Learn how to tie the Boy Scouts knot the bowline. The bowline knot is used to make a non-slip loop in the end of a rope. While it is used for climbing and rescues, a Figure-8 Loop Knot often is best in those situations. Remember to end the knot with the tag end of the rope inside the loop. And thanks to those scouters and boaters who helped remind me of this point. Tie the bowline Boy Scouts knot.
In this handy knot-tying tutorial from JD of Tying It All Together, we learn how to tie a round brocade or "six-petal" knot. For more information, including detailed, step-by-step instructions, and to get started tying round brocade knots yourself, watch this video guide.
Although this may not directly help anyone when out in the wilderness, it's still something that many people rely on. This tutorial will show you how to easily tie a paracord prayer beads. It can be used to make a great looking necklace and/or bracelet. It's may seem very difficult to do, but this can be done with the right supplies. So pay attention, good luck, and enjoy!
Learn how to primitively dry meat to make jerky for use in long term wilderness survival. You cannot always eat fresh meat. Drying meat into jerky is also good for traveling light as it dehydrates it into a lighter substance. Making jerky is also a cool thing to do while on long term hunting expeditions or safari.
By scraping a magnesium fire starter with a blade, you can create a spark to start a flame. This is basically the same idea as flint, rubbing rocks together, or sticks, but a little bit more foolproof. Watch this video survival training tutorial and learn how to make a fire with a magnesium fire starter.
You're lost. You're cold, thirsty— you're hungry. What if you're not much of a hunter? Maybe you're a gatherer. So, then you'll eat plants. But what if you eat something poisonous? What if you're allergic to it?
Knot tying is the one of the first steps in becoming a well rounded, successful Boy Scout. Who better to learn from than the Boy Scouts themselves? Follow along with this knot tying guide to learn how to tie several knots. Click on the right hand menu to learn the following knots:
An MSR miniworks water filter is a small backpack style water filter that's great for purifying water while camping, hiking, or anytime in the great outdoors. The filter can get dirty over time, and will need maintenance. Watch this video survival training video and learn how to clean an MSR miniworks water filter.
Learn how to tie the hangman's noose, it has more purposes than you may think, it is great to bundle items together, especially when you need to loosen and re-tighten the rope without having to re-tie the whole thing. Be responsible with any kind of noose. This video is for information only, and is not responsible for any kind of misuse. Watch this video survival training tutorial and learn how to tie a hangman's noose.
Colhane teaches us to prepare a pair of binoculars to make fire. If you prepare in advance it is much easier.
Protecting a home from any hurricane damage can be difficult to do but you can minimize it by applying shutters to windows. Watch this how-to video and get tips for installing hurricane shutters to the exterior of your home. This project is very simple to do and it could prevent hurricane damage from happening to your home.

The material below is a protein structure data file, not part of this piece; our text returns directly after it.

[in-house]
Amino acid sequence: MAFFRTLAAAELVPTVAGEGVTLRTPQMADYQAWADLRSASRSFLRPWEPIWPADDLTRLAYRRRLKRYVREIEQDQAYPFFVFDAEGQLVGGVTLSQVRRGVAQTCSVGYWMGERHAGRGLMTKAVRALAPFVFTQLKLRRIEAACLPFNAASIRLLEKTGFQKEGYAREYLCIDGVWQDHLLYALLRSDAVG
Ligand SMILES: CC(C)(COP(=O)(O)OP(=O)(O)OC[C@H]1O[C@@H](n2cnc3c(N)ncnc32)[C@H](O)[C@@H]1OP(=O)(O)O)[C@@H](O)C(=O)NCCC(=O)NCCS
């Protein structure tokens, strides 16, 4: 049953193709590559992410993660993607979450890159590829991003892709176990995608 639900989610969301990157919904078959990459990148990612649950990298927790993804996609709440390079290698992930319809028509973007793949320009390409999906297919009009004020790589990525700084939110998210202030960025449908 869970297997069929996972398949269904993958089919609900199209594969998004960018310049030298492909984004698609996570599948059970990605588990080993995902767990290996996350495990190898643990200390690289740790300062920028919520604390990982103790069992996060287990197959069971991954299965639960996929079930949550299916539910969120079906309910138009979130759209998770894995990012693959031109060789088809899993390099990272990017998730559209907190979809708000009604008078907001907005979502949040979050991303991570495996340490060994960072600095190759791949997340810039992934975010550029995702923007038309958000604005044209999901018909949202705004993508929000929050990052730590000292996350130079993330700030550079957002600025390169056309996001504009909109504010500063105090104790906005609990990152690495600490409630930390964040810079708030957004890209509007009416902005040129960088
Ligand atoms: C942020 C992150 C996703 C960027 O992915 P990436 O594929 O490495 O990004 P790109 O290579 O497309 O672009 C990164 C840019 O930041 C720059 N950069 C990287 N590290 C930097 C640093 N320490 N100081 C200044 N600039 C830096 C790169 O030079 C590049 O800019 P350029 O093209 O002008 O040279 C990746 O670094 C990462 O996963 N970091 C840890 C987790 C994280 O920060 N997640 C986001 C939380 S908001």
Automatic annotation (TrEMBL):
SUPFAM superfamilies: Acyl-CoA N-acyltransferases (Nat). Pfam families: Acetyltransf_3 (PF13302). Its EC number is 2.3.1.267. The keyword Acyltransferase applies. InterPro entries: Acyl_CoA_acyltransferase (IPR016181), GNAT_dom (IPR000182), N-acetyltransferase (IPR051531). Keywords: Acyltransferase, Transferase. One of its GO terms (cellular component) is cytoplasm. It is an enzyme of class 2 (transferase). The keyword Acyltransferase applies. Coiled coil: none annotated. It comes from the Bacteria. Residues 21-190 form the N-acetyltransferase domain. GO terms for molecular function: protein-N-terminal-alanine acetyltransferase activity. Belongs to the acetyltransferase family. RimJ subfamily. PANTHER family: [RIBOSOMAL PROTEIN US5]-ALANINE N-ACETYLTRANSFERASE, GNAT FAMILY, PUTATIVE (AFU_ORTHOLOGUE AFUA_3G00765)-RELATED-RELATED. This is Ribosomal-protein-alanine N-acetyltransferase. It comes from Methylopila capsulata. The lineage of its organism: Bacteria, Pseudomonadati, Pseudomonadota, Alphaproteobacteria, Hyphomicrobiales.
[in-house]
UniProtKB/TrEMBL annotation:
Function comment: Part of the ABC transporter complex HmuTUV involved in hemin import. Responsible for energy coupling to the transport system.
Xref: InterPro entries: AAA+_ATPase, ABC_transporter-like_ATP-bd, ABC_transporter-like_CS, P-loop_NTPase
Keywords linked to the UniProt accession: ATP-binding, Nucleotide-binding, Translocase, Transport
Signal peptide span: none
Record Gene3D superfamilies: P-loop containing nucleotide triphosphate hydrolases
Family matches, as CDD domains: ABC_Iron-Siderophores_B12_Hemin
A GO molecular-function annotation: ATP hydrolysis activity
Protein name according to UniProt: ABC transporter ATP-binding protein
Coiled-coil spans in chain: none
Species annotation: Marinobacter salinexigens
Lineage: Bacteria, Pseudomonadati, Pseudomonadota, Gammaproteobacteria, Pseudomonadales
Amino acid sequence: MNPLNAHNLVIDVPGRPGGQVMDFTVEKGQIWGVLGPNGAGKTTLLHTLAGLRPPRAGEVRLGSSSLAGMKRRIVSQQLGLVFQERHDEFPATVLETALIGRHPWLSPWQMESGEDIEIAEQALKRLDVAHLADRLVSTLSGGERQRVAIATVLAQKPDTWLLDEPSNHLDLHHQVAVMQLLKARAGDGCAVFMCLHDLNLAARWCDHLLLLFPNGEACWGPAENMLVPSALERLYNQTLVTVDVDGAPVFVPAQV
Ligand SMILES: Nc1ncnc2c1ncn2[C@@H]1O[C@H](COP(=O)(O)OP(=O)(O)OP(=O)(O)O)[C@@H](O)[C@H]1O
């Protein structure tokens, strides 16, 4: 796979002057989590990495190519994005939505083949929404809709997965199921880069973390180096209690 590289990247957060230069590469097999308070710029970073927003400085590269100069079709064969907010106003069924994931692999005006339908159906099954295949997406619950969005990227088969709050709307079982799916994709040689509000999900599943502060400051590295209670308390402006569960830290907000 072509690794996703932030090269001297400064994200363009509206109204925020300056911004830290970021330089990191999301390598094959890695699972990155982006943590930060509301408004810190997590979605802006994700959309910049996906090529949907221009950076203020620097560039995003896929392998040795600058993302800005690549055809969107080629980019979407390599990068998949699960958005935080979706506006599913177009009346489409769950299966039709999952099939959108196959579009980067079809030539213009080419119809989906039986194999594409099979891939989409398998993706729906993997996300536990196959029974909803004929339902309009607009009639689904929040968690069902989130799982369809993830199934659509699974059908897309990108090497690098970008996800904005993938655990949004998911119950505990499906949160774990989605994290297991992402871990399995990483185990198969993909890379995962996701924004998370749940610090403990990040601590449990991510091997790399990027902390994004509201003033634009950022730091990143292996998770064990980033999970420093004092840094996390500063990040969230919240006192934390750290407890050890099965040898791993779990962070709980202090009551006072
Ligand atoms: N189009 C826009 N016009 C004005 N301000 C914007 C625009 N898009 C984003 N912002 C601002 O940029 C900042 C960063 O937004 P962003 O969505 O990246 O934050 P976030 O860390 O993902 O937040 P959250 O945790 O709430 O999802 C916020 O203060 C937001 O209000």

An every day carry (EDC) kit could be the difference between life and death if you are caught away from home in a disaster. This video will show you what you should include in a EDC that you will carry with you at all times, ensuring that you are never unprepared in case the worst happens.
This video details how to survive a knife threat from behind. When threatened from behind with a knife, do not attempt to move the body first, this will result in the attacker maintaining the capability to thrust the knife into the body. When threatened, place arms out and low in a submissive position, this is to be followed by moving the left arm backward in a sweeping motion to push aside the arm which is holding the knife. Once the arm is moved, turn the body and bring the elbow up into an...
When you're surviving in the wild there's no running to 7-11 to grab some snacks. It's all up to you. This excellent instructional video teaches you how to build and set an Asian trail spring trap. Primarily, this trap would be used for medium sides animals as they make their way along a forest trail. The trap requires a heavy object near the trail (ideally a rock, or fallen log), a length of fine, strong cordage, a 4ft piece of sapling and several small branches for this device's triggering ...
You never know when you may need to sharpen an axe... and who better to learn from than the Boy Scouts? Brace the axe head on the ground between a log about 6" in diameter and two woooden pegs or tent stakes. Sharpen your axe with an 8-10 inch mill bastard file. Be sure to wear leather gloves. Make a knuckle guard out of leather, plywood, or an old inner tube. Place the file on the edge of the blade and push it into the bit. Lift the file as you draw back for each stroke. Turn the axe around ...
When the mountaintop blows there's little time to waste, so HOW TO SURVIVE instructs you how to dodge falling debris, listen for a Lahar roar, steer clear of ash, and find shelter in order to survive. Watch this video tutorial and learn how to survive a volcano explosion.
If you're ever stuck in the jungles of Southeast Asia, then your only hope for survival is the parang knife, which is a Malayan type machete. This is the ideal tool for the jungle, especially in Malaysia, where the typical vegetation is more woody, and needs something thicker for stronger chopping action. A parang has three different edges: the front is very sharp and used for skinning, the middle is wider and used for chopping, and the back end (near the handle) is very fine and used for car...
Watch a 13 year old girl use a 10,000 year old tool to out strength a brand new army style camp cot. Check out this video to get some tips on how to do it on your own.
Kruder, from The Pathfinder's school, teaches you how to make a spring spear trap with almost all natural materials. This is a very dangerous trap so be warned and be very careful if you practice this. By using any springy tree (he uses a Maple), and a toggle tied to another tree, you can make a trip wire for any sized animal. Add a spear to make it more effective. You'll learn everything from the materials to construction in this video.
Build a cob shelter. Use water, sand, clay rich soil, and straw. Watch to learn more!
Check out this method of fletching atlatl darts with no glue. Start by trimming feathers.